The NBA announced Monday that it had agreed to a new television contract with ESPN and TNT, and the deal is almost unfathomable: nine years, a reported $2.6 billion of revenue for the league annually. The value of an NBA franchise has skyrocketed overnight, putting to rest all those questions over the summer about why someone like, say, former Microsoft CEO Steve Ballmer would pay $2 billion to buy the Los Angeles Clippers — even if Donald Sterling stained the franchise with years of indefensible business practices and the recent revelation of racist remarks. This is why. Suddenly, $2 billion is a bargain, even for a team with so sad-sack a history as the Clips.
That brings us to the 76ers and their ownership group, headed by Josh Harris, who bought the team in 2011 for a mere $280 million. A managing partner with Apollo Global Management, a private-equity firm, Harris understands the patience and forethought required to make money and grow value over the long term, and the league's TV deal affords the Sixers an opportunity and the financial freedom to make a gesture that would earn them some good will among devoted and casual fans.
They should lower their ticket prices. Now.
Remember: Harris has given his blessing to general manager Sam Hinkie to rebuild the Sixers' roster over a period of years, with no apparent expiration date.
There have been no quick fixes so far, and there will be none. So Hinkie has drafted Michael Carter-Williams, Nerlens Noel, Joel Embiid, and Dario Saric, and the Sixers have asked their fans to wait and wait and wait while those young and promising players develop (once they convalesce from their serious injuries or ride out their overseas contracts, of course).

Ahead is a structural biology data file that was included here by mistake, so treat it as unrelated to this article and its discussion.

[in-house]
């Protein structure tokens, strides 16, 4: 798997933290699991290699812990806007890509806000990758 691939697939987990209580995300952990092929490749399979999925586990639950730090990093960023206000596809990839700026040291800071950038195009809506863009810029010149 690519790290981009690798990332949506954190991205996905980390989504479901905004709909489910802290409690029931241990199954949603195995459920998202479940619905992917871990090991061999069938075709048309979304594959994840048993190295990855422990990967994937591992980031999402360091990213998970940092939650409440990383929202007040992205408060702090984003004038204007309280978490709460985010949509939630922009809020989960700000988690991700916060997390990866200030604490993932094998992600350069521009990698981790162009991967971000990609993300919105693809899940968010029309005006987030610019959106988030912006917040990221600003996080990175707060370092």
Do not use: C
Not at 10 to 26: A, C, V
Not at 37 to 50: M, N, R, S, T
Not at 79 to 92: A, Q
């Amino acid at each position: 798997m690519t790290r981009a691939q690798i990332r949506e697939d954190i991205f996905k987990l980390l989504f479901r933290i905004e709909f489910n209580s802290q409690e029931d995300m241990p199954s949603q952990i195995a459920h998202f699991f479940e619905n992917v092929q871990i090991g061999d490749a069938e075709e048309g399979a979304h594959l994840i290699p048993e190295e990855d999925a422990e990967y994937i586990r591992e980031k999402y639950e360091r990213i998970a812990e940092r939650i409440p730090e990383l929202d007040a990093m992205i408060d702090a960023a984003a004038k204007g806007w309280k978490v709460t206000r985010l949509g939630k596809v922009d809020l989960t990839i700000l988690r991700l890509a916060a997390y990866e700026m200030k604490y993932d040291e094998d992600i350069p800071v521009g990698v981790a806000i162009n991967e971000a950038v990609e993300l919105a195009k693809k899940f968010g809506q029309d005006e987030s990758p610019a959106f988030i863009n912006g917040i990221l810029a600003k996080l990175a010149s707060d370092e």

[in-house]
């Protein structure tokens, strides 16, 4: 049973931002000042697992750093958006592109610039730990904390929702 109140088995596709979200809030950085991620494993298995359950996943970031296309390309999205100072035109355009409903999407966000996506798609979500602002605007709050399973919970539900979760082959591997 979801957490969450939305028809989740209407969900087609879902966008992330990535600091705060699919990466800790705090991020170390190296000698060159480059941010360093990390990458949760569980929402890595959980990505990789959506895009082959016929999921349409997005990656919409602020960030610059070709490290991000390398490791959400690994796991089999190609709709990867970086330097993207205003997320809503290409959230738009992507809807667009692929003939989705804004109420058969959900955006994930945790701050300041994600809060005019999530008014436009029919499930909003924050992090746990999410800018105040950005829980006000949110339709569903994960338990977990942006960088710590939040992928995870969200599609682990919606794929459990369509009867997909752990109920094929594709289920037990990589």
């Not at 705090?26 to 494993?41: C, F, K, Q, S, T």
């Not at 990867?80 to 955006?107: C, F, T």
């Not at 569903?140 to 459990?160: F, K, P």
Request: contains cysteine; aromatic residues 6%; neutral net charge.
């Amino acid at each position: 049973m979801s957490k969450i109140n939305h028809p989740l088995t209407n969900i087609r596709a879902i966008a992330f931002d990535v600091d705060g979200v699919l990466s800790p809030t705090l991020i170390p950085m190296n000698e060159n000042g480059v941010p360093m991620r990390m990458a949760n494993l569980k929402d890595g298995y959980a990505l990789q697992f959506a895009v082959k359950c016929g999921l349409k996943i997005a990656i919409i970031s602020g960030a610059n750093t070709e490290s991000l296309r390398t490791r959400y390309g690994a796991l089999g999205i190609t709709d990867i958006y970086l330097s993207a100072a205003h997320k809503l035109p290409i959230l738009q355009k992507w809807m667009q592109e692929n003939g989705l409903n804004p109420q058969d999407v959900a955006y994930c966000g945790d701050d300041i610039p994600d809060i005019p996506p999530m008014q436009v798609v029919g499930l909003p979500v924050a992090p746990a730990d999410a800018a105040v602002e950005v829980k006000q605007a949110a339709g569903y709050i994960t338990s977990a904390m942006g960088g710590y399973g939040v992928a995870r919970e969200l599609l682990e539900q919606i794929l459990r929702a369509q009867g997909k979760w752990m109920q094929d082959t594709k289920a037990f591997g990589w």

That's a potentially great plan for constructing a championship-caliber team, but not necessarily for entertaining anyone until then. Harris ought to be willing, then, to make a (relative) sacrifice or two to placate a fan base that will have to suffer through some rough times. If nothing else, Sixers fans have had plenty of practice in suffering.
Here's the team's ticket pricing and seating chart for the 2014-15 season.
A representative from the Sixers' ticket office said Tuesday that, in part because of the NBA's dynamic-pricing system (in which the quality of the opponent influences the price of a single-game ticket), the average cost to see a Sixers home game will rise slightly this season.
The franchise has announced that it will put the name of anyone who purchases a single-game ticket Wednesday, the first day the tickets go on sale, on billboards around the Delaware Valley—alongside the names of the Sixers' coaches and players. It's a nice idea, even if it does present a potential problem: One of the ticket buyers might be more recognizable than any of the players.
Still, a grander and more meaningful course of action would be to lower ticket prices across the board. It would be an acknowledgement of the patience that the Sixers are asking of their supporters and of the reality that the product the franchise plans to put on the court this season will be subpar. It might even boost the team's attendance totals. Besides, with this TV deal, there's no reason for any NBA owner, even Harris, to be crying poor, to be complaining about declining revenues.
Surely, he's smart enough to see the long-term benefit.